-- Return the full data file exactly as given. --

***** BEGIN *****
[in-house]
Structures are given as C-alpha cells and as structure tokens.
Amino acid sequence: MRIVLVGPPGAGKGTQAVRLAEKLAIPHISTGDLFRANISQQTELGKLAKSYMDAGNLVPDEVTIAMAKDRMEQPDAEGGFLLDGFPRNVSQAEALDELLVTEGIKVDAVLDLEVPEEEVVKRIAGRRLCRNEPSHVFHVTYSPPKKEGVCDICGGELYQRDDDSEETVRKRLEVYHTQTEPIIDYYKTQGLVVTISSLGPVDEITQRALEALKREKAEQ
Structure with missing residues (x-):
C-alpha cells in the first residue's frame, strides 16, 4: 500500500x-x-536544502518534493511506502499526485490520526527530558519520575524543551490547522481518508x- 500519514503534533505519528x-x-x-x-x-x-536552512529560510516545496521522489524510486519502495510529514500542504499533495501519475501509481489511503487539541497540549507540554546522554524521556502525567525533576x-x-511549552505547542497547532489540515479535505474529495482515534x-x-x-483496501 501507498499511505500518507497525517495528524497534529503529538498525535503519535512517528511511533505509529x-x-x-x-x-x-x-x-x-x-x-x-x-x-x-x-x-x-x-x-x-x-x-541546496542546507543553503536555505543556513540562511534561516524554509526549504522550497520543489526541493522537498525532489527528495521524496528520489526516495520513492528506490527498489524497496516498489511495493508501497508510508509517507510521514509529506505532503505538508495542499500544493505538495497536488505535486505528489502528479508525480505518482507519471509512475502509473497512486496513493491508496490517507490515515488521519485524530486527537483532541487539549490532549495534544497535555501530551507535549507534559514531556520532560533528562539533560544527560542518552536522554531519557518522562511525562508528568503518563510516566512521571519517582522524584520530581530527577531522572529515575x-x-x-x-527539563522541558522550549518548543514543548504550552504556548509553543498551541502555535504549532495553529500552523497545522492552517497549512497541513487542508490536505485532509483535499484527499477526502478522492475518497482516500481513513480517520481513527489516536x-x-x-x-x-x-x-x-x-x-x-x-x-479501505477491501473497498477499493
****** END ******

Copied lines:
[in-house]
Structures are given as C-alpha cells and as structure tokens.
Amino acid sequence: MRIVLVGPPGAGKGTQAVRLAEKLAIPHISTGDLFRANISQQTELGKLAKSYMDAGNLVPDEVTIAMAKDRMEQPDAEGGFLLDGFPRNVSQAEALDELLVTEGIKVDAVLDLEVPEEEVVKRIAGRRLCRNEPSHVFHVTYSPPKKEGVCDICGGELYQRDDDSEETVRKRLEVYHTQTEPIIDYYKTQGLVVTISSLGPVDEITQRALEALKREKAEQ
Structure with missing residues (x-):
C-alpha cells in the first residue's frame, strides 16, 4: 500500500x-x-536544502518534493511506502499526485490520526527530558519520575524543551490547522481518508x- 500519514503534533505519528x-x-x-x-x-x-536552512529560510516545496521522489524510486519502495510529514500542504499533495501519475501509481489511503487539541497540549507540554546522554524521556502525567525533576x-x-511549552505547542497547532489540515479535505474529495482515534x-x-x-483496501 501507498499511505500518507497525517495528524497534529503529538498525535503519535512517528511511533505509529x-x-x-x-x-x-x-x-x-x-x-x-x-x-x-x-x-x-x-x-x-x-x-541546496542546507543553503536555505543556513540562511534561516524554509526549504522550497520543489526541493522537498525532489527528495521524496528520489526516495520513492528506490527498489524497496516498489511495493508501497508510508509517507510521514509529506505532503505538508495542499500544493505538495497536488505535486505528489502528479508525480505518482507519471509512475502509473497512486496513493491508496490517507490515515488521519485524530486527537483532541487539549490532549495534544497535555501530551507535549507534559514531556520532560533528562539533560544527560542518552536522554531519557518522562511525562508528568503518563510516566512521571519517582522524584520530581530527577531522572529515575x-x-x-x-527539563522541558522550549518548543514543548504550552504556548509553543498551541502555535504549532495553529500552523497545522492552517497549512497541513487542508490536505485532509483535499484527499477526502478522492475518497482516500481513513480517520481513527489516536x-x-x-x-x-x-x-x-x-x-x-x-x-479501505477491501473497498477499493